Besides a high risk of fire, what do dry conditions in Colorado mean to Rocky Mountain National Park ecosystems? A mild winter combined with very low precipitation, especially snowfall, results in exceptionally dry conditions. While this has a dramatic effect on fire danger, it also has an effect on how ecosystems function in the park as well.
In the park's meadows, many species of wildflowers bloom poorly or not at all. As one example, the Rocky Mountain iris (Iris missouriensis), a species that needs a bit more moisture, makes a very poor showing in drought years. On the other hand, dry adapted species such as the mountain ball cactus (Pediocactus simpsonii) bloom very well. Most alpine tundra species bloomed about a month earlier than usual.
Because certain groups of wildflowers do not bloom as well as usual or at atypical times, some groups of pollinators are also not seen in the usual numbers. Butterfly numbers go down in many places in the park and blue butterflies are virtually absent.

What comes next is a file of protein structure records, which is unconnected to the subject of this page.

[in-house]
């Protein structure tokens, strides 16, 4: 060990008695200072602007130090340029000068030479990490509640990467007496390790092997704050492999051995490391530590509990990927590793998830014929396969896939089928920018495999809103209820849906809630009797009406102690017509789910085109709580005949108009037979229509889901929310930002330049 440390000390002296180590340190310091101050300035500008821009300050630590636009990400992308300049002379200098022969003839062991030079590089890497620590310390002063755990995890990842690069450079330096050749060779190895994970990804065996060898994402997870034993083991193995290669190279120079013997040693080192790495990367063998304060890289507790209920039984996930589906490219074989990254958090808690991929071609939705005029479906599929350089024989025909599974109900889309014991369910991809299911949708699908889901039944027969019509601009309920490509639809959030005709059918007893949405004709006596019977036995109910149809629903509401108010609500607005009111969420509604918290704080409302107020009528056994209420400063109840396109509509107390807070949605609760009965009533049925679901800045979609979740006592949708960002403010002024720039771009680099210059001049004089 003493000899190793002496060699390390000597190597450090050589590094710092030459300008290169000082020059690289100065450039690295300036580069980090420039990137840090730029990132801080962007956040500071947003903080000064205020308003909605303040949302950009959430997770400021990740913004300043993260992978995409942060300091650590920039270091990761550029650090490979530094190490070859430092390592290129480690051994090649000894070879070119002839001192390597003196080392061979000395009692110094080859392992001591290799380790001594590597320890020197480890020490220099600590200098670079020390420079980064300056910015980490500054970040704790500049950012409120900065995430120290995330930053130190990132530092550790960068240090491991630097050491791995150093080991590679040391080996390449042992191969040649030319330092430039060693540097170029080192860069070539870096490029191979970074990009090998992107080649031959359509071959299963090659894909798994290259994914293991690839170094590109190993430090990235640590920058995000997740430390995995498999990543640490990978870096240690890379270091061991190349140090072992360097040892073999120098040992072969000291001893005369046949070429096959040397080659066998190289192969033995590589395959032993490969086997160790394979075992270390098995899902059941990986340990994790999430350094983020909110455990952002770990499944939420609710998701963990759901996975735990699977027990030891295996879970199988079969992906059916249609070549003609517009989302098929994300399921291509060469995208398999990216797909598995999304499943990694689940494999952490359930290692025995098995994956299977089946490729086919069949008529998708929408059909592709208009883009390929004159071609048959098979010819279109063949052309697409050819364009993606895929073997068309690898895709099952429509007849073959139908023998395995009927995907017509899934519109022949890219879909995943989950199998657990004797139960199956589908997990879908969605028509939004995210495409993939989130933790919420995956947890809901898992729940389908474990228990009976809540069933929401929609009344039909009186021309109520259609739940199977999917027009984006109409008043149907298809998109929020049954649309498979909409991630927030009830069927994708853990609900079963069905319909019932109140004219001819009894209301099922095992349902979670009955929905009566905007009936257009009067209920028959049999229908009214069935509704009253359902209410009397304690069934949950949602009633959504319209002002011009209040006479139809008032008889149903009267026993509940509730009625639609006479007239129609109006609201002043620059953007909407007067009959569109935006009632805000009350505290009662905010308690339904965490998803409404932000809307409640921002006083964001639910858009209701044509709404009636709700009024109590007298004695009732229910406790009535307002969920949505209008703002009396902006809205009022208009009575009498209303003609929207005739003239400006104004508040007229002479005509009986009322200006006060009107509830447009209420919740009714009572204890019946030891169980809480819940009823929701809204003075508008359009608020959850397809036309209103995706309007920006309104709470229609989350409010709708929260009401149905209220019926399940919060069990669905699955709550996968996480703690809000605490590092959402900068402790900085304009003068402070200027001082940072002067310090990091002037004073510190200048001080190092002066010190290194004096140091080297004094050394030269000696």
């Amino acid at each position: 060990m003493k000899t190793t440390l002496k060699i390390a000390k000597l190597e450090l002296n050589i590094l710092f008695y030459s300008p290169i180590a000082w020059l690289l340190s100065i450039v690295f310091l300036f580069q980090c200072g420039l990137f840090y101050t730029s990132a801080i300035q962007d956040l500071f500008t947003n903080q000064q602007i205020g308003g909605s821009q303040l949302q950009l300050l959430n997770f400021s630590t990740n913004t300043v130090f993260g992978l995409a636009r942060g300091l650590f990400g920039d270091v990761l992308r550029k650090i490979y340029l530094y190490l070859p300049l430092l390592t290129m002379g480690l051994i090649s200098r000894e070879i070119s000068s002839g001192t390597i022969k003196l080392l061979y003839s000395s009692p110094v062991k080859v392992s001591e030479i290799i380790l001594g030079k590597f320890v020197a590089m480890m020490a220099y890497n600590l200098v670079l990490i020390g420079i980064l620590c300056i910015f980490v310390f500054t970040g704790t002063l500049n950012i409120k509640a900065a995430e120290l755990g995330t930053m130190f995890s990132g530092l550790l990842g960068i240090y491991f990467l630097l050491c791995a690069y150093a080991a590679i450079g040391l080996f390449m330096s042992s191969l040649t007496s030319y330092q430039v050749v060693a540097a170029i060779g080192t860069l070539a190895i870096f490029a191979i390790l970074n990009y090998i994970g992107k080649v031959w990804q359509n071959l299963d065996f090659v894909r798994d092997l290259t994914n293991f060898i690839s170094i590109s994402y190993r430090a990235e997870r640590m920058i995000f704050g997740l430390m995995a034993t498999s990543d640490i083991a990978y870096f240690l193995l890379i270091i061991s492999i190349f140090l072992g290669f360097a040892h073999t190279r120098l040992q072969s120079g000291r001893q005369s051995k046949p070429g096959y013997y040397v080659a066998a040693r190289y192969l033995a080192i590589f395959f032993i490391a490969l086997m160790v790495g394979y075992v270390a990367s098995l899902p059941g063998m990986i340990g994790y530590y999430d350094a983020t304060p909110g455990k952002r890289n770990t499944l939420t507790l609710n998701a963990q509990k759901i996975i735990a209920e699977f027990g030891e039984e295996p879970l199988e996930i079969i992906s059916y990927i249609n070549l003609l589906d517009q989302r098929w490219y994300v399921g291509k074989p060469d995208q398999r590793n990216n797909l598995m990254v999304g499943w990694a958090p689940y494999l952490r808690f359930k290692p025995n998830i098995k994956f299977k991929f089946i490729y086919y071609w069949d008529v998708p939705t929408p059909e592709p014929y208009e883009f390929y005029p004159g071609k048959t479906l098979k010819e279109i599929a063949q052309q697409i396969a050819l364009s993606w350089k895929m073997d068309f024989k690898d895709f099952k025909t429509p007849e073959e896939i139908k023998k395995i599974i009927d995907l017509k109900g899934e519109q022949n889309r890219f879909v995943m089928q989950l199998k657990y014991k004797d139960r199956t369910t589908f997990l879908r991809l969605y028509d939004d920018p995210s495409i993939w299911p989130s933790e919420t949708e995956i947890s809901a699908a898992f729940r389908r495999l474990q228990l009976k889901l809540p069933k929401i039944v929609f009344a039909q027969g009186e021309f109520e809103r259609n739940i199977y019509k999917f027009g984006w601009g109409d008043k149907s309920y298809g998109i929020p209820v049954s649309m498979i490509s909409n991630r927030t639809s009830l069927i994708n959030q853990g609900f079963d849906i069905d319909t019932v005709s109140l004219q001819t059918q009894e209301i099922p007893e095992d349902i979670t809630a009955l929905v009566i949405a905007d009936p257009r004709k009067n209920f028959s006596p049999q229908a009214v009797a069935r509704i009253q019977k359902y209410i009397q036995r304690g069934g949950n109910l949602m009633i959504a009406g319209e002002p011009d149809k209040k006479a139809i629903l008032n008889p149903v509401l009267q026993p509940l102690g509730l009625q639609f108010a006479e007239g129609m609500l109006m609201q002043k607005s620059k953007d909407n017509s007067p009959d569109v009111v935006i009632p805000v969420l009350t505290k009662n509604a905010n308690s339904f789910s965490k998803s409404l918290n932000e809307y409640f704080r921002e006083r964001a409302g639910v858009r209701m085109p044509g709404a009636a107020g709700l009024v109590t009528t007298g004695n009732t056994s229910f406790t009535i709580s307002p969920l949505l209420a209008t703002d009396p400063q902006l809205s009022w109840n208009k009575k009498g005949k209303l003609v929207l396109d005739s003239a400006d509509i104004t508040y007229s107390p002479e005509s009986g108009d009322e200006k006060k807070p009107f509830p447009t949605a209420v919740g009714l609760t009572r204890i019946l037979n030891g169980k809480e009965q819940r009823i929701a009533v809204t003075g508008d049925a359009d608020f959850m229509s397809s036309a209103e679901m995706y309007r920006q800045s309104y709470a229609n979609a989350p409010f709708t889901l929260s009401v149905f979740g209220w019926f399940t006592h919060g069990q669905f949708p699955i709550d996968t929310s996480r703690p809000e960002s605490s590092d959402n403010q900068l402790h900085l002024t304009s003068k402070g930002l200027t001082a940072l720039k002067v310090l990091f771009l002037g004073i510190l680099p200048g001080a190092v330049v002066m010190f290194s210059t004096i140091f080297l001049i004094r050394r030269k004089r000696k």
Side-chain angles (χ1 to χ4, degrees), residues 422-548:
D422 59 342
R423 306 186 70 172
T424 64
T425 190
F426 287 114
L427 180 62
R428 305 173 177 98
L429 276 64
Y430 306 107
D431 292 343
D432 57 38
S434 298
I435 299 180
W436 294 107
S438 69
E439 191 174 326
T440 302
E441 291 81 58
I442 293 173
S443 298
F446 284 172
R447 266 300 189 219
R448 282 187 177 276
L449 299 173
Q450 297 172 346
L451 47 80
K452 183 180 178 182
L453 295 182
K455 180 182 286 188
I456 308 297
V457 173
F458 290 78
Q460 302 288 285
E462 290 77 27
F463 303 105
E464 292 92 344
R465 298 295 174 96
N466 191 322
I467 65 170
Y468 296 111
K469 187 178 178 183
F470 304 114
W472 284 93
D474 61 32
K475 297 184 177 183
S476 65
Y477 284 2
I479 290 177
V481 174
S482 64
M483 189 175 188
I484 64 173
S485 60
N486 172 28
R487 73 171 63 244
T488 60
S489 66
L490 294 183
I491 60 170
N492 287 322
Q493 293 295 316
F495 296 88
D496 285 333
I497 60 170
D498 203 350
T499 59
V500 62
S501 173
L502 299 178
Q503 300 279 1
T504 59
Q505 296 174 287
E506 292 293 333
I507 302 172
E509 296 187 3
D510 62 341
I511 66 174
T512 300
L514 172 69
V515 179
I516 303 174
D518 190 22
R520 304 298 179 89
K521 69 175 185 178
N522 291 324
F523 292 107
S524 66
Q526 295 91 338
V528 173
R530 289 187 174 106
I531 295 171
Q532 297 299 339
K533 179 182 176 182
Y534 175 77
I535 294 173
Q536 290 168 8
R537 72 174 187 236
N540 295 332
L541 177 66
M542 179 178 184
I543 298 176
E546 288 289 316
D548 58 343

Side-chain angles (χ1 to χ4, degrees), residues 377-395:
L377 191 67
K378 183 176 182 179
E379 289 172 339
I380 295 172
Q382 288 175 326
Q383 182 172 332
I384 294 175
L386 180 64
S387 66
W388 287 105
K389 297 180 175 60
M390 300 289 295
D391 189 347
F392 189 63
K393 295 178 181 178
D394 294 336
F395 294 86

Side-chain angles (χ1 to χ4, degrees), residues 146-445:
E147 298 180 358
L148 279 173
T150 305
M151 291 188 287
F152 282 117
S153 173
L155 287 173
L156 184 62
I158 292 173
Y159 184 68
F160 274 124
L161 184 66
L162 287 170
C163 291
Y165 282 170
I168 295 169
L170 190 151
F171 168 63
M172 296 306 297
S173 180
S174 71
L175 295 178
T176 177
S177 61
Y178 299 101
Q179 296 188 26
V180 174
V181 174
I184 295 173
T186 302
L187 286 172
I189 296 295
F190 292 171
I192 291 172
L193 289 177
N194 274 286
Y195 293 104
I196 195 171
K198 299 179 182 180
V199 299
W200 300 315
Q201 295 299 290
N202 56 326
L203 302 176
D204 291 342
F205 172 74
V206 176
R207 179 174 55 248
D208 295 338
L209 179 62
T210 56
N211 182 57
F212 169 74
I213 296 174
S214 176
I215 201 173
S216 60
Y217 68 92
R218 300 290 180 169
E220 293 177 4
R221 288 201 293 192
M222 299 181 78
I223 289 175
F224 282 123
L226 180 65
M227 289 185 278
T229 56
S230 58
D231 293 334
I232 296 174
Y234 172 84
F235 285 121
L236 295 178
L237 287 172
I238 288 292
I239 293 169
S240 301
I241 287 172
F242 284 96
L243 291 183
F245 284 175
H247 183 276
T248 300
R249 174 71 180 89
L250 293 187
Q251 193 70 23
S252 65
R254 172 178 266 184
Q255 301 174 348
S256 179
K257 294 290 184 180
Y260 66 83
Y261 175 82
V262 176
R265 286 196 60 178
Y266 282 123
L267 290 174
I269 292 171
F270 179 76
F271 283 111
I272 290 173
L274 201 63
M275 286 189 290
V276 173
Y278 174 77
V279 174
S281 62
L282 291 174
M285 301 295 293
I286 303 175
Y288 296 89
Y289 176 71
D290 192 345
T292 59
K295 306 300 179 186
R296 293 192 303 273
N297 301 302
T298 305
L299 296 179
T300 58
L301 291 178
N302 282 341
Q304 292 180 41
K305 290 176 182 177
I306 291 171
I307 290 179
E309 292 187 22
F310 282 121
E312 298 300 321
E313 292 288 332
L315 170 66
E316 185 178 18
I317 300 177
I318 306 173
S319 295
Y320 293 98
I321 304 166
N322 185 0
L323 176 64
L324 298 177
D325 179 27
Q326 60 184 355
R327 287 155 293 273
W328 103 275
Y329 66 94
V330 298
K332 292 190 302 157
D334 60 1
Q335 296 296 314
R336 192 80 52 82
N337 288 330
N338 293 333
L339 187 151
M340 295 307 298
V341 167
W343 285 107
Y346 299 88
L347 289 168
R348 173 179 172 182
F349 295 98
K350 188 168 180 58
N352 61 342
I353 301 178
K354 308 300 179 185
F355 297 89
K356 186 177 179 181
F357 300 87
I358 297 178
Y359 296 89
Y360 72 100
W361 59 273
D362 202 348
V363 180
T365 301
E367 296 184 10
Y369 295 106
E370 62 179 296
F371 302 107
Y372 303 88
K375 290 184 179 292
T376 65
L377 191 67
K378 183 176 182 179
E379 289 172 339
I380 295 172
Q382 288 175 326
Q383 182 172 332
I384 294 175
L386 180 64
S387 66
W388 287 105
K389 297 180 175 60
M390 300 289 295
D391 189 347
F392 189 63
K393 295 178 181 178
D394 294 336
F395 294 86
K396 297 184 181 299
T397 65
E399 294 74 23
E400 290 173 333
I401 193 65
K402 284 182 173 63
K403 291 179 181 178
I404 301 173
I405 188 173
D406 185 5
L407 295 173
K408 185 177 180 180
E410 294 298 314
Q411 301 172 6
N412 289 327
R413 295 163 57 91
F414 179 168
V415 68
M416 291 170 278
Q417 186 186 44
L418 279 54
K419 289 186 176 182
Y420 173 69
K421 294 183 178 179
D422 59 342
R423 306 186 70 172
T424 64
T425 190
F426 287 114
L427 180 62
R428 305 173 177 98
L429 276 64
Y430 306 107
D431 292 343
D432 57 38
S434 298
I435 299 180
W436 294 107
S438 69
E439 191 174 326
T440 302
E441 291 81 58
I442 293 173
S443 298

In small ponds and wet areas around the park, researchers observe breeding of amphibians occurring at a low rate, and survival appears poor. At treeline, rangers report more trees than normal losing branches.
Most species that inhabit the park are adapted to some variation in the climate, so dry conditions should not cause permanent harm to any healthy populations. Microclimates around waterfalls and streams, in steep valleys, and in protected locations provide places for some plants and animals to "weather out" such difficult times, provided the conditions do not persist for long periods. Other species, such as butterflies, are more mobile and can move to areas of better conditions. Nevertheless, the effects of a Colorado dry summer can be clearly read in the ecosystems in Rocky Mountain National Park.